This is not saying we do not have a responsibility in the matter. We do. We see the admonition to flee from sin in the New Testament.

1 Corinthians 10:13-15 No temptation has overtaken you except such as is common to man; but God is faithful, who will not allow you to be tempted beyond what you are able, but with the temptation will also make the way of escape, that you may be able to bear it.
14 Therefore, my beloved, flee from idolatry. 15 I speak as to wise men; judge for yourselves what I say.

Paul gives us these instructions to flee from idolatry. Don’t sit still, but turn away from it, run from it, put it behind you. Why? Because sin is evil. If we are to be holy, because He is holy, we must act in a way that we can. If that involves fleeing the sin, so be it.

1 Timothy 6:10-12 For the love of money is a root of all kinds of evil, for which some have strayed from the faith in their greediness, and pierced themselves through with many sorrows. 11 But you, O man of God, flee these things and pursue righteousness, godliness, faith, love, patience, gentleness. 12 Fight the good fight of faith, lay hold on eternal life, to which you were also called and have confessed the good confession in the presence of many witnesses.

Again, we are shown that we do have a responsibility in our sanctification. Flee the things that will hinder us, and pursue those things of God.

I like what John Calvin has to say on this.

“…let us realize that in order to serve God well, it isn’t simply a matter of our desiring to do good and to derive profit from it, rather we have to purge ourselves of all wicked affections and all corrupt thought to the extent that everything within us directs us toward the goal of fully surrendering ourselves to God. Let us not display that we have been distracted to turn to one side or the other, but let us be wholly in control (of ourselves) in order to run without impediments or stopping, indeed, to run in the way that God shows us, in such a manner as to be wholly pure.”[4]

Calvin isn’t suggesting that we can live pure lives in and of ourselves. He continues: “Now this ought to serve us in a twofold sense: on the one hand, we ought to pray for God to govern us more ardently by his Holy Spirit and to purge us of all vices and corruptions, and then having prayed that, each of us (ought) to take hold of himself, lest we do violence to our nature, to all our senses, (and) all our desires, seeing that there is nothing but rebellion in us against God’s law.”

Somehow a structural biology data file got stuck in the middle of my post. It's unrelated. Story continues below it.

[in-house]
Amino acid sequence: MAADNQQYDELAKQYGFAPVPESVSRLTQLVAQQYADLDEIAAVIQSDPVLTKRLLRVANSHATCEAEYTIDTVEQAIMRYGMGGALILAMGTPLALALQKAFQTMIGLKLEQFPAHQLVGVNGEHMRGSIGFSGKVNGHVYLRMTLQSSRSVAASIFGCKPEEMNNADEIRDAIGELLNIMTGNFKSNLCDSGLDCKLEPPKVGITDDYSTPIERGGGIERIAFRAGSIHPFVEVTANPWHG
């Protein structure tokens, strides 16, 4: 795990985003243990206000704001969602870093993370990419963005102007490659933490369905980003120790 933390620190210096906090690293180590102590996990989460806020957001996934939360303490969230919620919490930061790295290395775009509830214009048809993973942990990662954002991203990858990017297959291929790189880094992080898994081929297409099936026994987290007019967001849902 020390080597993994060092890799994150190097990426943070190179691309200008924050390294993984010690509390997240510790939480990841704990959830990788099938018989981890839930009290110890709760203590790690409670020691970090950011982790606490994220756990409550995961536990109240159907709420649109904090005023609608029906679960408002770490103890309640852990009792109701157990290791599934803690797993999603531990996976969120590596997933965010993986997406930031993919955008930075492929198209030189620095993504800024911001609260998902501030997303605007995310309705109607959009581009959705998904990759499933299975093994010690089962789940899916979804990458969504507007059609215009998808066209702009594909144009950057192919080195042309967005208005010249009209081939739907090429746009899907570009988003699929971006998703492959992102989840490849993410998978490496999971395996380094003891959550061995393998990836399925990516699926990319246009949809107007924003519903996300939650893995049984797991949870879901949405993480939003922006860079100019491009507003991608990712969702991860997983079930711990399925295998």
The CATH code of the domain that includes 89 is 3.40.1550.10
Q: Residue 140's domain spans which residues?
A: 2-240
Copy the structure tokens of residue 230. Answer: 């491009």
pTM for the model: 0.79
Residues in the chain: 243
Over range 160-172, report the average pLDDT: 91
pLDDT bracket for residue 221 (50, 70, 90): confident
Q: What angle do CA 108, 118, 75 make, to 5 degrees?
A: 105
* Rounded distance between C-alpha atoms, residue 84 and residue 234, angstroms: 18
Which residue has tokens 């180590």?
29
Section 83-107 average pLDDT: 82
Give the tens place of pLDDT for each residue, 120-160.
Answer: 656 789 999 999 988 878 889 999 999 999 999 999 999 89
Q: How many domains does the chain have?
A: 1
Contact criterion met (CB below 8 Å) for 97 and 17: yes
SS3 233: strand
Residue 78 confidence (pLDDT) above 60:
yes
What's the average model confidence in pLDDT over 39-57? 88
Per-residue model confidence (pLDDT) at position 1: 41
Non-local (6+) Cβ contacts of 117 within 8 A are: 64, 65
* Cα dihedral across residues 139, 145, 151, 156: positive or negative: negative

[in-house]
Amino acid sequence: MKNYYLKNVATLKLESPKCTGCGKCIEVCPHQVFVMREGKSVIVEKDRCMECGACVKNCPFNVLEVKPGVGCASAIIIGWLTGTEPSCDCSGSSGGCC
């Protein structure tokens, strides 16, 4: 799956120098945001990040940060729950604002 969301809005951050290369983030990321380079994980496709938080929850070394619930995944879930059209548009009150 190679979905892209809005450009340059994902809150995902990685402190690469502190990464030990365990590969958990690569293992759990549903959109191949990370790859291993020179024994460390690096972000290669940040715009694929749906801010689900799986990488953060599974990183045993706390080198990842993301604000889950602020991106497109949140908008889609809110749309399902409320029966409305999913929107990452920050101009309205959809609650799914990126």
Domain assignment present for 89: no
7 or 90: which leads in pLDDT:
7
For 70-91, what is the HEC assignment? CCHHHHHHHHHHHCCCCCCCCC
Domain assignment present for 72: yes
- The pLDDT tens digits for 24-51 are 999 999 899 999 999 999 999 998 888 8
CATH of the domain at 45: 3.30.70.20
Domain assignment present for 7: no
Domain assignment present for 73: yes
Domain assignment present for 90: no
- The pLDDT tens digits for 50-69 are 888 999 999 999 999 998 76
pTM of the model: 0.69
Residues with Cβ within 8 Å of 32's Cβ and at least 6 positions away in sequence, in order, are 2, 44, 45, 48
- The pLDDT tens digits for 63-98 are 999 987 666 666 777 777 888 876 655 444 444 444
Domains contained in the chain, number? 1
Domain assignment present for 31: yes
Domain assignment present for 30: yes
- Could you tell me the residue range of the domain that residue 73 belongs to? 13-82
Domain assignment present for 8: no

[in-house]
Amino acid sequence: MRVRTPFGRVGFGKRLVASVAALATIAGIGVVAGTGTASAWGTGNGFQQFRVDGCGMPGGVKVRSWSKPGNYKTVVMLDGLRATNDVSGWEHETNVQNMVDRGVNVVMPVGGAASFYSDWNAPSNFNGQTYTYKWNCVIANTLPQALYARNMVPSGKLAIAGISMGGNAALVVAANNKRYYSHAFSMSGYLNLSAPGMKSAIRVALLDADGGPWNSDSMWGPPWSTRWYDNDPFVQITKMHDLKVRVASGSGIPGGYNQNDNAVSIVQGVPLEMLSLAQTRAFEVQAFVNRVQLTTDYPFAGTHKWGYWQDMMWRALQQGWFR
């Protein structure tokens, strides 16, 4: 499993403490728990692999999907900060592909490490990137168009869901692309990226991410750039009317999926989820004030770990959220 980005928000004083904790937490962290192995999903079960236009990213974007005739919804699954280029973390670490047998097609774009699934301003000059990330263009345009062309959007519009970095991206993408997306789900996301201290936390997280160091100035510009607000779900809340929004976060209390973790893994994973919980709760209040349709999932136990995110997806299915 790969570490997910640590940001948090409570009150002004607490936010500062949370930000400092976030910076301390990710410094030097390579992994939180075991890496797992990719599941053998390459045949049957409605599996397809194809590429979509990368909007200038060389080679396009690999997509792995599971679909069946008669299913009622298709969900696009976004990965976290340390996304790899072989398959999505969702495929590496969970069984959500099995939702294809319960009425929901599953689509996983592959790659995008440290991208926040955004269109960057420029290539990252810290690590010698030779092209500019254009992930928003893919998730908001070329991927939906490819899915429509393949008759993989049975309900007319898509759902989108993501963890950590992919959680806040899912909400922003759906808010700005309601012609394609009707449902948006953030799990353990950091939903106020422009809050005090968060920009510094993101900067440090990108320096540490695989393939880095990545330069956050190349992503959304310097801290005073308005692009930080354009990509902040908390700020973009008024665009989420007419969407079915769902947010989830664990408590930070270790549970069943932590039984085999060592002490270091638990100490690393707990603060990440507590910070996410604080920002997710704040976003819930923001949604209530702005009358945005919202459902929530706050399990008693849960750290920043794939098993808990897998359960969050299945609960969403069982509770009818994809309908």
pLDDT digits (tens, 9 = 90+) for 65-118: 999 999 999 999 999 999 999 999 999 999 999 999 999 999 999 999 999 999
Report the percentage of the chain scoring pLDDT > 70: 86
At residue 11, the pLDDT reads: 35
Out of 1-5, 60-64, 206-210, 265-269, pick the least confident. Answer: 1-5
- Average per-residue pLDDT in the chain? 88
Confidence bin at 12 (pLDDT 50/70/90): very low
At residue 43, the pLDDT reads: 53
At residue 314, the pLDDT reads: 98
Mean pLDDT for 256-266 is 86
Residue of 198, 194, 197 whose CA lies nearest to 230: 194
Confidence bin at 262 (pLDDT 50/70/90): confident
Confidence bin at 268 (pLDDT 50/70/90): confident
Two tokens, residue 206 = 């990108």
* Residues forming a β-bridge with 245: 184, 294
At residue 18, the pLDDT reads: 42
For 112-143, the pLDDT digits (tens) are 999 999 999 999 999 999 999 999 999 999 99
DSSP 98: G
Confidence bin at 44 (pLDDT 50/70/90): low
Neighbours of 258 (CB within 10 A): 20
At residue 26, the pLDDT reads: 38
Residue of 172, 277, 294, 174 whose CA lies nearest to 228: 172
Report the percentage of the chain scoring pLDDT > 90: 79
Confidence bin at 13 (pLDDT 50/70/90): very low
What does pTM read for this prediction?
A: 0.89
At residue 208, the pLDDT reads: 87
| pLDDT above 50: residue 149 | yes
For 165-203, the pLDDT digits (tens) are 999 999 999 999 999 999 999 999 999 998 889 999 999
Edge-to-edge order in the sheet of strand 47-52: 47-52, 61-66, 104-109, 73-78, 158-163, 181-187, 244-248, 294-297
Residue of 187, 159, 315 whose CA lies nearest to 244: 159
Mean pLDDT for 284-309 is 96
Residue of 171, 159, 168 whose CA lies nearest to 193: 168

In other words, we pray for God to aid us, guide us and direct us in overcoming these evil desires that the Law reveals to us. We also see these evil desires for what they are, and head back to Christ.

It is Christ that delivers us from our covetous evil desires. Christ is the one who is pure in this regard. In Him, we find just the opposite of our covetousness. We find one who emptied Himself, and coveted nothing.

Philippians 2:5-8 Let this mind be in you which was also in Christ Jesus, 6 who, being in the form of God, did not consider it robbery to be equal with God, 7 but made Himself of no reputation, taking the form of a bondservant, and coming in the likeness of men. 8 And being found in appearance as a man, He humbled Himself and became obedient to the point of death, even the death of the cross.

Christ was perfect and covet-less. He is our standard, and our righteousness.


1 Timothy 6:13-16

I urge you in the sight of God who gives life to all things, and before Christ Jesus who witnessed the good confession before Pontius Pilate, that you keep this commandment without spot, blameless until our Lord Jesus Christ’ appearing, which He will manifest in His own time, He who is the blessed and only Potentate, the King of kings and Lord of lords, who alone has immortality, dwelling in unapproachable light, whom no man has seen or can see, to whom be honor and everlasting power. Amen.

[1] Spurgeon, from Morning and Evening.

[2] John Calvin’s Sermons on the Ten Commandments, edited and translated by Benjamin W. Farley, Baker Book House, p. 221.

[3] Thomas Watson, The Ten Commandments.

[4] Calvin, p. 225.